By Kaitlyn Riggio
BU News Service
Adam Lambert may be known mostly for his stint on season 8 of “American Idol” or his current collaboration with the remaining members of world-famous band “Queen,” but his recently-released fourth album “Velvet” reaffirms the fact that Lambert is more than capable of standing on his own.
“Velvet” showcases Lambert’s versatility as an artist. Those who have been following Lambert since the beginning of his career got a sneak peek of that during his time on “American Idol,” but now it’s on full view for everyone to see. Lambert is a well-rounded performer who is capable of growing and maturing, and “Velvet” screams that message loud and clear.
The album’s titular opening song introduces the sounds to come. “Velvet” has an electronic feel to it and features plenty of synthesized elements, which gives the song a similar vibe to many of the electronic-pop dance songs that are popular on the radio right now.
“Velvet” sounds older and more sophisticated when compared to Lambert’s earlier work. This is to be expected. Lambert was 27 years old when he competed on “American Idol” and when he released his debut album “For Your Entertainment.”
That album was energetic, powerful and had a bit of a punch to it. With “Velvet,” the listeners can hear that Lambert has matured as a person and an artist over the past decade. His work is still undeniably impressive, but it feels more chilled out, and the opening track sets this tone wonderfully.
On the cover art for “Velvet,” Lambert dons an elaborate purple and green outfit reminiscent of Prince. This proves to be fitting, as “Velvet” has some Prince-sounds influencing it. One song where this is prevalent is “Stranger You Are,” the album’s third track, with electronic elements and a vocal line reminiscent of Prince’s “When Doves Cry” or “I Would Die 4 U.”
Although most of the album feels electronic and synthesized, “Closer to You” is a break from this pattern. With an opening that features straight piano with no electronics or any fancy synthesized effects, it feels almost like a modern-day power ballad, worlds away from the rest of “Velvet.” The instrumentation, the backing vocals and even the lyrics make “Closer to You” sound like a parallel to Aerosmith’s “I Don’t Want to Miss a Thing” with a 21st-century flair.
“Feel Something,” the album’s final track, is a concluding sentence. It wraps up “Velvet” and brings it to a fitting close, featuring elements that keep the listener engaged until the last second. The synthesized backing vocals create an ensemble feeling that would normally be found in musical theatre, which sets Lambert up as the main character singing one final song as a finale. It’s the perfect way to close out the album.
“Velvet” by Adam Lambert was released March 20.
Thanks for the nice review. He has always been able to stand on his own. Have you listened to his other three albums? There is nothing on radio that even comes close to this level of musicianship [and WITHOUT auto-tune] and virtuosity as a vocalist. Listen to the Live Sessions of some of the songs from Velvet, on his YouTube channel. His live versions are always far and away more dynamic that the studio versions. He is unmatched in music today.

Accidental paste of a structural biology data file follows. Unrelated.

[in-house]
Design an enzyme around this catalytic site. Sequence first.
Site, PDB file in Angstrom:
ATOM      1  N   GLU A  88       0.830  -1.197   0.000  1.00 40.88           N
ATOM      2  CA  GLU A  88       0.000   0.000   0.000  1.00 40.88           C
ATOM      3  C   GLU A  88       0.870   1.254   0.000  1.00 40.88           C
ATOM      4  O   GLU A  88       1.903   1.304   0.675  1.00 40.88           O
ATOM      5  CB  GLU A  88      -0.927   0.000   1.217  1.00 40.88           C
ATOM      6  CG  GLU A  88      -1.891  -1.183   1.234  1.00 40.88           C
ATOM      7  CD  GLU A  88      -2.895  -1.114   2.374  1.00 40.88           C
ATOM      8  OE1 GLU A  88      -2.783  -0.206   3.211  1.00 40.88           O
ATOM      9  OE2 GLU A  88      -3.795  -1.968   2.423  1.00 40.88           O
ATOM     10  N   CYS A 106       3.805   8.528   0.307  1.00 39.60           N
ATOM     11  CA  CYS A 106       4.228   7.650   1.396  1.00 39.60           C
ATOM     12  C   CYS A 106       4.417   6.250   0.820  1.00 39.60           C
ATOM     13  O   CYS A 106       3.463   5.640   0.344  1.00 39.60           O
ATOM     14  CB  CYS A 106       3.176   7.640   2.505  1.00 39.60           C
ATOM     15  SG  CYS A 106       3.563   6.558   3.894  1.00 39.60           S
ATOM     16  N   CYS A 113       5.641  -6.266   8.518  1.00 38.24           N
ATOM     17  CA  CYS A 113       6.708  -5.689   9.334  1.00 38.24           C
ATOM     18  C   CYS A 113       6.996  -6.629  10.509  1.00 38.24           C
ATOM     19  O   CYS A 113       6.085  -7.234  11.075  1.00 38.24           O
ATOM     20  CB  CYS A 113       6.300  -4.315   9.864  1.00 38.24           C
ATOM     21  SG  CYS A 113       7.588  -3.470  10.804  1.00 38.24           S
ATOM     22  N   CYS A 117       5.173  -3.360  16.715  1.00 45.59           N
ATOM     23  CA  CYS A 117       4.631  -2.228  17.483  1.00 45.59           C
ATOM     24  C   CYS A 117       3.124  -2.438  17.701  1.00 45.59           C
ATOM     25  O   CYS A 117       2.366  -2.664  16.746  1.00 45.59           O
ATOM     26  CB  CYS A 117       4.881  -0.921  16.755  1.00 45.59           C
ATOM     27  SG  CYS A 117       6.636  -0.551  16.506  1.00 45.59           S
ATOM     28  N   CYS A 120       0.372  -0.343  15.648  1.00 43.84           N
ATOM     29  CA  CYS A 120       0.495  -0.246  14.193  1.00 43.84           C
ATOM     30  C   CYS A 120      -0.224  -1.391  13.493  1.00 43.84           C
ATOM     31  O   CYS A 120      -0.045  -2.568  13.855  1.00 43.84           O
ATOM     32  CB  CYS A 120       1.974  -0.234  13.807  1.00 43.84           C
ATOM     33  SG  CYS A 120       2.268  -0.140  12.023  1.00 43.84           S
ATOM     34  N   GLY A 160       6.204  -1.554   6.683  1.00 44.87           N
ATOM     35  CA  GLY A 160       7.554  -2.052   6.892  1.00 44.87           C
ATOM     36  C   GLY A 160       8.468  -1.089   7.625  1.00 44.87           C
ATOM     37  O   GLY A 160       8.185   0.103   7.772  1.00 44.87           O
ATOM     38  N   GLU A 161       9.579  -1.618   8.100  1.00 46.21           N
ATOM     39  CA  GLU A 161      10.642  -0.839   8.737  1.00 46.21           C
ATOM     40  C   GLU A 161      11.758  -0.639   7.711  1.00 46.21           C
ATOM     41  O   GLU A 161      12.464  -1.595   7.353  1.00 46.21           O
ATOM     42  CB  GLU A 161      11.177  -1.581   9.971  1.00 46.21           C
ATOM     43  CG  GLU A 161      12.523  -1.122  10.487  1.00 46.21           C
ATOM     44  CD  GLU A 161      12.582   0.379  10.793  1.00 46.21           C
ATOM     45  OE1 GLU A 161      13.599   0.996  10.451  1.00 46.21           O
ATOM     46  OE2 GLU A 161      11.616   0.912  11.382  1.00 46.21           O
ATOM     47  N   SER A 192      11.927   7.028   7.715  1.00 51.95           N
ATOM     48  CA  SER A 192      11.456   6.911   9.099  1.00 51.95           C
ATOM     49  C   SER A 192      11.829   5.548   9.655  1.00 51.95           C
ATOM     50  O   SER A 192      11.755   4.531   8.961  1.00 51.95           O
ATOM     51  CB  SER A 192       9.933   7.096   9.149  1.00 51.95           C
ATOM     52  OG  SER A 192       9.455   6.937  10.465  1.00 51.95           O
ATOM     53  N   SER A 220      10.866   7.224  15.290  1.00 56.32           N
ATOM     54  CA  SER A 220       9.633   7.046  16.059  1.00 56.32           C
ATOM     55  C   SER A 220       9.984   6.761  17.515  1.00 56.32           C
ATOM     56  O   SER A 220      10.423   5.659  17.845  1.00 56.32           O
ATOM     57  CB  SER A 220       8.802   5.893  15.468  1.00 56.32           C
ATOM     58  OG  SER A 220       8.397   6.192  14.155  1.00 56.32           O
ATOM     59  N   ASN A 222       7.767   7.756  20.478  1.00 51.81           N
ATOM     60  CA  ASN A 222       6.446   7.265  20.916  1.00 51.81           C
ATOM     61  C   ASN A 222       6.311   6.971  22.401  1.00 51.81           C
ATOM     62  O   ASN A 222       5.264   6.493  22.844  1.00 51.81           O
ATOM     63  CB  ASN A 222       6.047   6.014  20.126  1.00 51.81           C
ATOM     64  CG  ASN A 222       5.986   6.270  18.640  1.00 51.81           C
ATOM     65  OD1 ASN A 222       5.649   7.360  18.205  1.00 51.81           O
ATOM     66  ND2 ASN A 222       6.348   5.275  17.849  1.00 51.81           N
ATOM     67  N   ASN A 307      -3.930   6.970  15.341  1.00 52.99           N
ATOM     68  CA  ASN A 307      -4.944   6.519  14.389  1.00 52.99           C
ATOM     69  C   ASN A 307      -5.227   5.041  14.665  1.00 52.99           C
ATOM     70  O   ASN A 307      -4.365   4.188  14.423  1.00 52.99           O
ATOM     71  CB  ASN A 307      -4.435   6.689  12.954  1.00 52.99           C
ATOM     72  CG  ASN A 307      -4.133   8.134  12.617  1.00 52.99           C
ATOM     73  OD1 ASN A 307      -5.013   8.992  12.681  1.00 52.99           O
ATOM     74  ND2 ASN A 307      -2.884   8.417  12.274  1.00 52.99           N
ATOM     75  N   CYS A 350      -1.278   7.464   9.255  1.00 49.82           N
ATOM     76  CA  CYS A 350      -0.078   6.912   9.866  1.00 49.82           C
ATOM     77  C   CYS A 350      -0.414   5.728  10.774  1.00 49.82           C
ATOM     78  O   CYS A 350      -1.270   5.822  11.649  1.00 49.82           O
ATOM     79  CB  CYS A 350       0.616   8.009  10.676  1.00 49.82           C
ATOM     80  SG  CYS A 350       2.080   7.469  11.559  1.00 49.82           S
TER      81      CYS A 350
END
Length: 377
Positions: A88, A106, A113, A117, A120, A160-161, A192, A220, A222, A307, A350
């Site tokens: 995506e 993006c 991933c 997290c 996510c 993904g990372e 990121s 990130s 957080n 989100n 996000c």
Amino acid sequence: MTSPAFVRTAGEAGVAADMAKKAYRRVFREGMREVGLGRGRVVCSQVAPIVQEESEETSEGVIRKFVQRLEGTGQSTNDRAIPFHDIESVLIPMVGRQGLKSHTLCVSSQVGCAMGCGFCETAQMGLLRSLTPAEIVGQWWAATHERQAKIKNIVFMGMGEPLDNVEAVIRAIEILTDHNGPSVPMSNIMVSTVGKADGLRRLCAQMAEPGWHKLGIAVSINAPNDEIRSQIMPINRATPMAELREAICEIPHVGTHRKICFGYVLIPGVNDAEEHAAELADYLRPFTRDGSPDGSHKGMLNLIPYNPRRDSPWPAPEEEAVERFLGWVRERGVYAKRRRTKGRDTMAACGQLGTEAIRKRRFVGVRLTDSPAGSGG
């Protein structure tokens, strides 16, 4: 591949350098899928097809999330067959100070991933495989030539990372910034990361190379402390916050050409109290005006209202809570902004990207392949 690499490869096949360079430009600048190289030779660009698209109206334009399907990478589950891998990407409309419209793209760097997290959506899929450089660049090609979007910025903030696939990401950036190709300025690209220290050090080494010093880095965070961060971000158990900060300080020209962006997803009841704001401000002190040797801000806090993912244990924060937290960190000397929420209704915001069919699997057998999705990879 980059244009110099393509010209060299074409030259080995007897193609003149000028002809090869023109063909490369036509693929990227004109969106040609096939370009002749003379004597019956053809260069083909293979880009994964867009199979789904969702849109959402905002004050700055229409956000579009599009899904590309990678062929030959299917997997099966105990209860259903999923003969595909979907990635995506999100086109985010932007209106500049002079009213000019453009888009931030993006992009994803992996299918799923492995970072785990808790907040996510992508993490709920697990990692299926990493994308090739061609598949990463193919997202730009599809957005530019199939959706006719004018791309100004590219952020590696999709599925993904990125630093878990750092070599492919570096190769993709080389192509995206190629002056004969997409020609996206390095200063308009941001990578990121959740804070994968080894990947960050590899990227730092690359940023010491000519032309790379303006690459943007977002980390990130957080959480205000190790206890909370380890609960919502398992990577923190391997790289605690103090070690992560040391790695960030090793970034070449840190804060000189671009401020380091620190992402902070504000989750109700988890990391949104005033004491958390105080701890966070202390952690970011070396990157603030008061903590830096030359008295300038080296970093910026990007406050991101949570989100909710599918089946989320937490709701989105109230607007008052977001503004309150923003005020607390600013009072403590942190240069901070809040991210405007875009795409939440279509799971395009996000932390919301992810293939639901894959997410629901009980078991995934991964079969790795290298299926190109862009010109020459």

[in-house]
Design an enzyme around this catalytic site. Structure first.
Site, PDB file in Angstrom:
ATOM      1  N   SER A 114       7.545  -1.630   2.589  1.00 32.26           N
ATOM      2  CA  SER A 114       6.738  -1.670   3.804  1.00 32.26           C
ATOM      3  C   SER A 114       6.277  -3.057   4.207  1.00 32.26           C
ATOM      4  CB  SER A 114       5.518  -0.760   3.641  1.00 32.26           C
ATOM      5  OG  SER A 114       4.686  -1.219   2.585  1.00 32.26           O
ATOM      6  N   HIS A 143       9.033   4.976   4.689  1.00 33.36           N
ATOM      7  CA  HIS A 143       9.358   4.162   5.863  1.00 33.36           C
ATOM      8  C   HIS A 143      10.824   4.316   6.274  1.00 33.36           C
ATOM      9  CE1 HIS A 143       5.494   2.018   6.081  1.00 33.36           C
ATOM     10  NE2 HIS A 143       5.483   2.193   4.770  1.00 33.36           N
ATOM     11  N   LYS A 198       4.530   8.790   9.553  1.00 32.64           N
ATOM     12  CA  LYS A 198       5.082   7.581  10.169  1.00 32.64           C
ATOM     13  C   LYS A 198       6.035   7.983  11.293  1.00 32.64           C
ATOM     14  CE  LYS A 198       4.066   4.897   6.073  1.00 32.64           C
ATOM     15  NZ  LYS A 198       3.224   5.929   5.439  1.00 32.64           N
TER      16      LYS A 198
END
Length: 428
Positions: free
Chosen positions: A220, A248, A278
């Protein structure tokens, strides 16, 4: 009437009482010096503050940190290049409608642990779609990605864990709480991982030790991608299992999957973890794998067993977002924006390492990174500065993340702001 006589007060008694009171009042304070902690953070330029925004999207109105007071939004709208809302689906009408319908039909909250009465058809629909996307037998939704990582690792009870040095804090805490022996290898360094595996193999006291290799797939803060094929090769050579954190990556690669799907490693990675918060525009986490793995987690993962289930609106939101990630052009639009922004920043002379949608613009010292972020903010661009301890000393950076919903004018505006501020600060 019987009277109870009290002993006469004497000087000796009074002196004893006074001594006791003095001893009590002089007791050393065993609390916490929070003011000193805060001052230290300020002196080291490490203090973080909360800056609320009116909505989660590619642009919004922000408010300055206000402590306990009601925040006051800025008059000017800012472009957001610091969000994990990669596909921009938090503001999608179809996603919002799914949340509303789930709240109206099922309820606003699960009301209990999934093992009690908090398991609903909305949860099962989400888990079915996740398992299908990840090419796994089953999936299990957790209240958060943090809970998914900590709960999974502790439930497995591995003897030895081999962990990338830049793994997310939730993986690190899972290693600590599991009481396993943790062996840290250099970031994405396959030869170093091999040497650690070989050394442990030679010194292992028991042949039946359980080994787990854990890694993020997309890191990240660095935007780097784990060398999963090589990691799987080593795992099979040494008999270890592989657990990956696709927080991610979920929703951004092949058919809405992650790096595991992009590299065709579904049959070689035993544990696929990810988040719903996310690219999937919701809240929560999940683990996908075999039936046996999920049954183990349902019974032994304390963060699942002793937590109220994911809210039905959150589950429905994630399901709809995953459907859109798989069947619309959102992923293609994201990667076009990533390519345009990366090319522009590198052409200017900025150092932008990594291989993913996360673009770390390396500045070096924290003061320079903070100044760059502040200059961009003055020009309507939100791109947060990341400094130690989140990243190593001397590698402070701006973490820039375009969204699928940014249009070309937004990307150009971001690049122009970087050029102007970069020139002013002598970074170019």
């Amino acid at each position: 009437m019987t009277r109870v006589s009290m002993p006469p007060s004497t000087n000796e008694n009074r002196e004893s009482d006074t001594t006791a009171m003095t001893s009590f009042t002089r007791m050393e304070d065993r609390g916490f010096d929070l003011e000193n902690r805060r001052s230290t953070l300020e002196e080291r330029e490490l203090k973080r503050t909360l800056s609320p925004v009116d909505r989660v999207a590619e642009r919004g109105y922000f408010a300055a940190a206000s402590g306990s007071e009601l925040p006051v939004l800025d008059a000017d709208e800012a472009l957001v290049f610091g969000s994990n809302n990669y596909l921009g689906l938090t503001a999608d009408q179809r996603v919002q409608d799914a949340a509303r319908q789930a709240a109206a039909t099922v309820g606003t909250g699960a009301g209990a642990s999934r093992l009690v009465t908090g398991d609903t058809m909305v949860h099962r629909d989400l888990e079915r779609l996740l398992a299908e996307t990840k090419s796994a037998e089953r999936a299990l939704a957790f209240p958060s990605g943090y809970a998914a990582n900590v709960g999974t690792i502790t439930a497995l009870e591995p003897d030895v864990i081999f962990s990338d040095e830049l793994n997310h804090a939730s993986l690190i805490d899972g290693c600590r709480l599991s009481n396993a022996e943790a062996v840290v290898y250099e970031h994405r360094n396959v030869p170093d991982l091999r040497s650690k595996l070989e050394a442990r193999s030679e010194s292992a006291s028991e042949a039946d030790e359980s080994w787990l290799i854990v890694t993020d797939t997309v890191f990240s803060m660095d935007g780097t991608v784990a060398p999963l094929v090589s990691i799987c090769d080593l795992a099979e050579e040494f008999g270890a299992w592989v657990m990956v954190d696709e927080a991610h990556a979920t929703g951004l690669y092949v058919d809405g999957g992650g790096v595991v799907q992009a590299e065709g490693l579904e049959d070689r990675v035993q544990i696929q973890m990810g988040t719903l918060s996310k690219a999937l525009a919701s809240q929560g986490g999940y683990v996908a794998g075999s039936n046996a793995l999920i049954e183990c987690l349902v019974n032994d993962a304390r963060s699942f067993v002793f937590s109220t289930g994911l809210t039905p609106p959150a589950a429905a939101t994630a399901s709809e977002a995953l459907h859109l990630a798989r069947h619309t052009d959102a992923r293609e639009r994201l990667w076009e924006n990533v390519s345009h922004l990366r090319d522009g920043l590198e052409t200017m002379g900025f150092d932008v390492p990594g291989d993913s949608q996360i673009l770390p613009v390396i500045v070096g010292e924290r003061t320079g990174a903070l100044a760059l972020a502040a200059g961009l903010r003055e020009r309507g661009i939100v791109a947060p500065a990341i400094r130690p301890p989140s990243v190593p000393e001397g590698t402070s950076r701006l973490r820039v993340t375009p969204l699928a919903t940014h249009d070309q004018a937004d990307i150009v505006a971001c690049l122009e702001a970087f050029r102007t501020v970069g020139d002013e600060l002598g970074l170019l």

Great review thanks. I have loved and followed Adam Lambert since Idol. He is the best live performer I’ve witnessed.
I really love this new album and think it’s his best yet, and appreciate that he’s evolved with his music as you do, but you wrote some things in your review that are inaccurate about his use of synthesizers. Adam used real instruments and not synthesizers in Velvet. It doesn’t have an electronic or synthesized sound or feel to me at all..
Here’s a quote of his from an interview he did in Hunger Magazine.. “I look back on the last 10 years and in the past I’ve been confident but a lot more apprehensive when bringing out an album, but this time I’m just relieved and really calm about it. I believe in the music so much, I feel like I’ve followed my instincts and my intuition more than I ever have. Overall the album has more of an organic feel and you can hear all the instruments in it – I wanted to get on stage with a four-piece band and play. It’s not dependent on computerised sounds, there’s a lot more instruments going on.”
Read the full interview at http://bit.ly/30AvzFa
While I’m glad you seem to appreciate Adam’s enormous talent, he has had a very successful and diverse career since Idol. He is a world star and has always been able to stand on his own. For this album that we have waited for, Adam said over and over that he wanted it to be all analog instruments. There is no synthesized music.
[…] BU News Service – Review: Adam Lambert’s latest album shows he can certainly stand on his ow…. “With “Velvet,” the listeners can hear that Lambert has matured as a person and an artist over the past decade. His work is still undeniably impressive, but it feels more chilled out, and the opening track sets this tone wonderfully.” […]
I’ve seen Adam live 33x, 8X with Queen & I’ve never seen anyone that can match his stage presence, power, vocal range & charisma. Thank you for this interview. Velvet is Adam in a very personal way, a great journey that I’ve followed since AI. He’s a genuine Superstar, so well deserved.